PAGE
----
A late-night TV talk show host is going through an existential career crisis caused by an anniversary. 4,767 words. Illustration by John Mann.
"Even a weak man should want to leave a legacy," Andy had said, rather off-handedly, to the man sitting next to him. It had meant nothing at the time, but years later it became difficult for his narrative to escape those ten words that had been so hastily scribbled down moments later.
They weren’t his last words, either. Those had been "Here it is."
And the first word Andy Perry ever spoke was "peas," blurted out at 14 months old from the back seat of his mother’s 1964 Ford Bronco.
Andy had said a lot of things between his first and his last words. It was in many respects his full-time job, and he was very good at it. Every Monday through Thursday night, from 11 pm to midnight in New York City, he stood in front of a large group of people and a few television cameras and said a lot of things that in turn caused people to laugh. That was his job, and at times its sheer simplicity made him feel uneasy on a base level, as if he fundamentally should be doing something else.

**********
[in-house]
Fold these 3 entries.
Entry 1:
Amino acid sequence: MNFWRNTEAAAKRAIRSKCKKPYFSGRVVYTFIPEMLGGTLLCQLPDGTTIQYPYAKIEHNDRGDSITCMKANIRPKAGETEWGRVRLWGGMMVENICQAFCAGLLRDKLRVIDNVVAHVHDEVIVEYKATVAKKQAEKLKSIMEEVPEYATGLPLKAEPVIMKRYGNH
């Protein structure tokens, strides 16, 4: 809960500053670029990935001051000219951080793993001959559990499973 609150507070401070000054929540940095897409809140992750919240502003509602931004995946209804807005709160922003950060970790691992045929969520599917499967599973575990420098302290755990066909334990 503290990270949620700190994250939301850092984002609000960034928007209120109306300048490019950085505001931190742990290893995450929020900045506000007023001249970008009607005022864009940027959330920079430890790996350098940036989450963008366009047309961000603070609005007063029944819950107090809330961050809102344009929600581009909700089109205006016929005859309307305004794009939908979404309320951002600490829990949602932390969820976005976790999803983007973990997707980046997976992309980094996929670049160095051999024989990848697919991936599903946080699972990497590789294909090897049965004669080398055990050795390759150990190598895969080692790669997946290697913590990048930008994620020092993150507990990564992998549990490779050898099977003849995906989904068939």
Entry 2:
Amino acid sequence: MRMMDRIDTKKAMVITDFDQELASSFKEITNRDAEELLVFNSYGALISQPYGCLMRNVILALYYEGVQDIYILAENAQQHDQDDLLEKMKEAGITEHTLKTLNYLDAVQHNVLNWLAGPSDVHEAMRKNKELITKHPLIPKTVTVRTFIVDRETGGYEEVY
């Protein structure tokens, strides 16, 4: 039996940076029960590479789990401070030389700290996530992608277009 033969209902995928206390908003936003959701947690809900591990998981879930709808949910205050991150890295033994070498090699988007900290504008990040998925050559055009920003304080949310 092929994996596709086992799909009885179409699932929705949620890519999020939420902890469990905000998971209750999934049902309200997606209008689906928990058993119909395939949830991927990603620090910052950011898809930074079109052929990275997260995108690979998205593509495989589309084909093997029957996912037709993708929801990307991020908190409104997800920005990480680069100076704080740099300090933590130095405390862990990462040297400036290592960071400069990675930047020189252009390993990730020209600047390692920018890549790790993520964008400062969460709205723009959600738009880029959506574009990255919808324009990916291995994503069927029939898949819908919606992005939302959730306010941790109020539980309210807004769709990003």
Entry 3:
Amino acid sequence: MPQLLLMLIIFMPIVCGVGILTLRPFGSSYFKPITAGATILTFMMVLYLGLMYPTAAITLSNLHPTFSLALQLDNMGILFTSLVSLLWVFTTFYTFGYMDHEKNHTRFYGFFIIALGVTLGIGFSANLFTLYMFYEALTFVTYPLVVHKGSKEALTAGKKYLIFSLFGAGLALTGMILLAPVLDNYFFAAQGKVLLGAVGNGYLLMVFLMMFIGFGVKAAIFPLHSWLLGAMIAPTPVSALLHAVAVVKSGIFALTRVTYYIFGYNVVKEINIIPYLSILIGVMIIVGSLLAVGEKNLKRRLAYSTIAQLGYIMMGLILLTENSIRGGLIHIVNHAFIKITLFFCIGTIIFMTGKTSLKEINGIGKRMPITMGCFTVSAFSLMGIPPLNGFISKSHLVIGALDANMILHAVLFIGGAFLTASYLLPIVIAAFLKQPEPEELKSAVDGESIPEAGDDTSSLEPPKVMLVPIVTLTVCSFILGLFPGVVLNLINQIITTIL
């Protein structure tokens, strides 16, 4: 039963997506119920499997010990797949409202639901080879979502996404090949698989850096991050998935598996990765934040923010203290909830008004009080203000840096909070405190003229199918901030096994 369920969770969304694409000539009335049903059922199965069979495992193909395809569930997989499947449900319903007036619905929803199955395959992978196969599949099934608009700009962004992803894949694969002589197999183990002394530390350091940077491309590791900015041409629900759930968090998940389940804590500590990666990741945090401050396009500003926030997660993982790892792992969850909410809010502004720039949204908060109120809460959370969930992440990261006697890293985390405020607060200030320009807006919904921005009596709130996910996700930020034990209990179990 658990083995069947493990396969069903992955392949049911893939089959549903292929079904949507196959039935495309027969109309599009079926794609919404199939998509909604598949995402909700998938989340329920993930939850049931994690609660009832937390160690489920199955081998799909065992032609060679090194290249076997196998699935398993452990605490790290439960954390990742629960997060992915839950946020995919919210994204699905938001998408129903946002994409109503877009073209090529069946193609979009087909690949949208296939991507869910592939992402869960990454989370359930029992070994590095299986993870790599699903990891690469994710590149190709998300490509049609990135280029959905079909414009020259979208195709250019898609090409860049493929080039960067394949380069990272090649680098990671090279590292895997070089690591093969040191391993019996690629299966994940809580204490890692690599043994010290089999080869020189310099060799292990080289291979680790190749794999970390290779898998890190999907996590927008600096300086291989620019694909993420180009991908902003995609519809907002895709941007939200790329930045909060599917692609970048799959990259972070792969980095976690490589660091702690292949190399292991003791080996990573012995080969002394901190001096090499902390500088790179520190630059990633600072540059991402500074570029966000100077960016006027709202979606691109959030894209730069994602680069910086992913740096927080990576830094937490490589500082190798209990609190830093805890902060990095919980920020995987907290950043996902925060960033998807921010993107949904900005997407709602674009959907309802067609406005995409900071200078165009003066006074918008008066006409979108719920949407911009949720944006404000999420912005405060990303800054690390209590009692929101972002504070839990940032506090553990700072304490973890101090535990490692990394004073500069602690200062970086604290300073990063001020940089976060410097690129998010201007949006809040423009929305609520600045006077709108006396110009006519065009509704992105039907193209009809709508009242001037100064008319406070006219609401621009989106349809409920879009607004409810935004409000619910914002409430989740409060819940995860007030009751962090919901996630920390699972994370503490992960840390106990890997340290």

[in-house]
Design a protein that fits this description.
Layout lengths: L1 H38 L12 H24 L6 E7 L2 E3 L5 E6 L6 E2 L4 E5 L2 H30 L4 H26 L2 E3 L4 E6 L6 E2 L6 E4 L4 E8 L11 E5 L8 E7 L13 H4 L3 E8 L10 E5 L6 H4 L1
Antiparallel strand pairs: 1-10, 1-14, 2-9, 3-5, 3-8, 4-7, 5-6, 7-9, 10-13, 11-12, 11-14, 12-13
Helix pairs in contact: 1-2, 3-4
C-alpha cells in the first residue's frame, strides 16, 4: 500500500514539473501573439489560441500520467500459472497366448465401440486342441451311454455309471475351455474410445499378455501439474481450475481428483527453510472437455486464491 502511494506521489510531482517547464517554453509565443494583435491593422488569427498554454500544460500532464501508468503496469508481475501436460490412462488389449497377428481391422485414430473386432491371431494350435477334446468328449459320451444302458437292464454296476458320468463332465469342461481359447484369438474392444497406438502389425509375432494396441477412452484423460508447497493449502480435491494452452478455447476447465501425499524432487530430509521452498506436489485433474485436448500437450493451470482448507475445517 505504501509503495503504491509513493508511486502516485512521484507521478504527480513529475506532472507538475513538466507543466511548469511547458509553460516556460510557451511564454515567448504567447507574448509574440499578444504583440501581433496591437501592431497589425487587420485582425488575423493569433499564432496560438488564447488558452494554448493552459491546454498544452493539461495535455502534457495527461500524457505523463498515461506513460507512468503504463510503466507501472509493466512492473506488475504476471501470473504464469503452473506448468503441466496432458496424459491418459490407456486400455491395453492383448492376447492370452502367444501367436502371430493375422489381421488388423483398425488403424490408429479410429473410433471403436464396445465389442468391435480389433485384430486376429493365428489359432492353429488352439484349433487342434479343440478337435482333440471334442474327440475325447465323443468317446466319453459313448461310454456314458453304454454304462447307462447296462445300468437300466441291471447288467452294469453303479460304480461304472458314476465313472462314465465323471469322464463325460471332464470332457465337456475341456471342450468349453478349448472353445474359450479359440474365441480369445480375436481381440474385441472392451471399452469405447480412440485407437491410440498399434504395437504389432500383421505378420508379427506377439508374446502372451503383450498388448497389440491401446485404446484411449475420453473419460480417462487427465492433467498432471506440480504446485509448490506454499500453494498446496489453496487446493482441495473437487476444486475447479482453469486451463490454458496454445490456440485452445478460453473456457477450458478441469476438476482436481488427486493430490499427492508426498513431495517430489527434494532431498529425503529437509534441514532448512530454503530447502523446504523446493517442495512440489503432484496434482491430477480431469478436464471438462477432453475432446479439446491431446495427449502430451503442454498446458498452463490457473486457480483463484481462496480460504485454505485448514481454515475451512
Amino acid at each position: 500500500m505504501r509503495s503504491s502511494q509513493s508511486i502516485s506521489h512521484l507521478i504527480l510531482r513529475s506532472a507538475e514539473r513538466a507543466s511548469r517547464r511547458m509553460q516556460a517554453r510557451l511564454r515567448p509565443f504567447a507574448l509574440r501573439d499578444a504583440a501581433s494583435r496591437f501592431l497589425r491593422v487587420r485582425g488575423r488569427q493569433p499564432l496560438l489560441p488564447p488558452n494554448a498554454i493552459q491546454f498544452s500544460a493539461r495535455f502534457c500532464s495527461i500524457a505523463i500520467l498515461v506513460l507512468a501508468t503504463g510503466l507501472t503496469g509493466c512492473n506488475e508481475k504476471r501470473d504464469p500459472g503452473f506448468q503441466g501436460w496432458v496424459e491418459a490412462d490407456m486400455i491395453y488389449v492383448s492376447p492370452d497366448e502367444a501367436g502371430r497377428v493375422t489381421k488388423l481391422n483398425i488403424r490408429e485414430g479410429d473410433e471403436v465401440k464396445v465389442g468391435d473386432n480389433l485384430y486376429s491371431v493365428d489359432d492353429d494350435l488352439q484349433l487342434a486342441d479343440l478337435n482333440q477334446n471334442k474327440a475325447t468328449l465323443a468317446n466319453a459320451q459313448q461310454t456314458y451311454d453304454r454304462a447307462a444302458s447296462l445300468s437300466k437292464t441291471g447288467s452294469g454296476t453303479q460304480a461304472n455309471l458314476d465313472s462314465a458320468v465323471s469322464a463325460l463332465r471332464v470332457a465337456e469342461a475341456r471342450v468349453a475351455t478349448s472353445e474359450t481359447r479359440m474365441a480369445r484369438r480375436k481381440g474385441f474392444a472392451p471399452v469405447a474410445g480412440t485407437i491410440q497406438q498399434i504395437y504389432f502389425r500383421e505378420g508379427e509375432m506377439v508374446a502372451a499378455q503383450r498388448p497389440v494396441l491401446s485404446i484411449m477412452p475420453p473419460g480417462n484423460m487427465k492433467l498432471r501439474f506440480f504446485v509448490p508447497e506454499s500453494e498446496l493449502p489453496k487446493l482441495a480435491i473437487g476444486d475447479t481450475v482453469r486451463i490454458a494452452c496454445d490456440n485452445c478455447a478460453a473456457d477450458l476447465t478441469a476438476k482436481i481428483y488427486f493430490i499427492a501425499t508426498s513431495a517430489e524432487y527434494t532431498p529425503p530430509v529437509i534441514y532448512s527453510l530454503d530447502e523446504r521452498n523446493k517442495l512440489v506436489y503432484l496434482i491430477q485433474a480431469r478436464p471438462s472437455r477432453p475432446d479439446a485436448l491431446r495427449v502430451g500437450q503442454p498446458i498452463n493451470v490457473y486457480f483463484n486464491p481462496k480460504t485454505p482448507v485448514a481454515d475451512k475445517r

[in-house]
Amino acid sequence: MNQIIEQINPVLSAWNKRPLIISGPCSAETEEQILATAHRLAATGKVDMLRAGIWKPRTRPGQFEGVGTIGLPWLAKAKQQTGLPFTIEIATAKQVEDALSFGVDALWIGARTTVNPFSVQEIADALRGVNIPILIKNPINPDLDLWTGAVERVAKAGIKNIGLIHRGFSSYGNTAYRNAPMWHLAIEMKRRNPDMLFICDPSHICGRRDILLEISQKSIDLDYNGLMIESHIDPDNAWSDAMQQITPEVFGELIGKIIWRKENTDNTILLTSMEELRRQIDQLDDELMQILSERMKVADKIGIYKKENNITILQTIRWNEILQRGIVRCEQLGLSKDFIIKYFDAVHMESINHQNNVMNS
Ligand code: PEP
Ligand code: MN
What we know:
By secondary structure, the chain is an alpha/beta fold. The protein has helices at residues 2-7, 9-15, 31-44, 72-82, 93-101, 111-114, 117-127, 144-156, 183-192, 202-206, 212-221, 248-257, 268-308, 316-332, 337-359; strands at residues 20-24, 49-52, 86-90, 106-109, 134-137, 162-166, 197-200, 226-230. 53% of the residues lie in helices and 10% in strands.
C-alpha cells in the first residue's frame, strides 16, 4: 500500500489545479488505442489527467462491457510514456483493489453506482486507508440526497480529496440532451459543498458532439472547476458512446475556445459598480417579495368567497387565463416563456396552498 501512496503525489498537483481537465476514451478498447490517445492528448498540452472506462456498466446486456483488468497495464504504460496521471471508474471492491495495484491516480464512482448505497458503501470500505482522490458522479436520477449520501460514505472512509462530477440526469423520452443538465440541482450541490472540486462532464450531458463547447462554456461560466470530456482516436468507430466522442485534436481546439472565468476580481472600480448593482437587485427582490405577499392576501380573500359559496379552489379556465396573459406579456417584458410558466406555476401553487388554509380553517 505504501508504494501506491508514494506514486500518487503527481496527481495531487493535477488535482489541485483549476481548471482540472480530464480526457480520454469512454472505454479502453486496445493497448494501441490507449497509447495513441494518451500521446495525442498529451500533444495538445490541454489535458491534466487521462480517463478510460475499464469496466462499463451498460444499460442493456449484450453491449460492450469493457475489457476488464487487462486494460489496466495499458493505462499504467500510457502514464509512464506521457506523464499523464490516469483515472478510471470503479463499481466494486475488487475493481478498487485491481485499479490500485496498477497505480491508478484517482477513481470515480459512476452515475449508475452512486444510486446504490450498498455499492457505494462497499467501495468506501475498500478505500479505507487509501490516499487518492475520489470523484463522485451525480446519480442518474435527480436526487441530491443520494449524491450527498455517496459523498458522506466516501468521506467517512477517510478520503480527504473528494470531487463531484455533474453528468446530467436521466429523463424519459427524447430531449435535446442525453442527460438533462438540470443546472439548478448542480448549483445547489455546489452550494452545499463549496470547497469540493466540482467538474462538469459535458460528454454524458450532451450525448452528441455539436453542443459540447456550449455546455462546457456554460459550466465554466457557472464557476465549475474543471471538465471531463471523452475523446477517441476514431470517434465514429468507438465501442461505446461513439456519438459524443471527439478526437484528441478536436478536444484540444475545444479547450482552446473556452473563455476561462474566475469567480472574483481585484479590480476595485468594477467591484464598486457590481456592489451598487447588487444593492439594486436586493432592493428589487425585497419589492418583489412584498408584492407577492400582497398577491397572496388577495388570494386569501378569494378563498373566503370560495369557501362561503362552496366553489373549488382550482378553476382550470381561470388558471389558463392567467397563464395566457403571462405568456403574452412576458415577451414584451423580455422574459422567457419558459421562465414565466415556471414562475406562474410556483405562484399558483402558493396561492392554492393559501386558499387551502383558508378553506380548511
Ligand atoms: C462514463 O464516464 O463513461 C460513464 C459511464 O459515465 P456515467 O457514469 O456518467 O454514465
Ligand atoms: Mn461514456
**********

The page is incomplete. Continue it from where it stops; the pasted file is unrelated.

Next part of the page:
He secretly envied people who work with their hands, yet found it hard to verbalize this to anyone who does lest they think he was mocking them. He could watch people cook for hours. And when he managed to escape the confines of the building’s television studio and his adjacent offices, he’d find an inconspicuous hole-in-the-wall restaurant nearby and watch the chef’s hands for hours.
This helped explain why he was an hour late to rehearsals on this particular day in late October.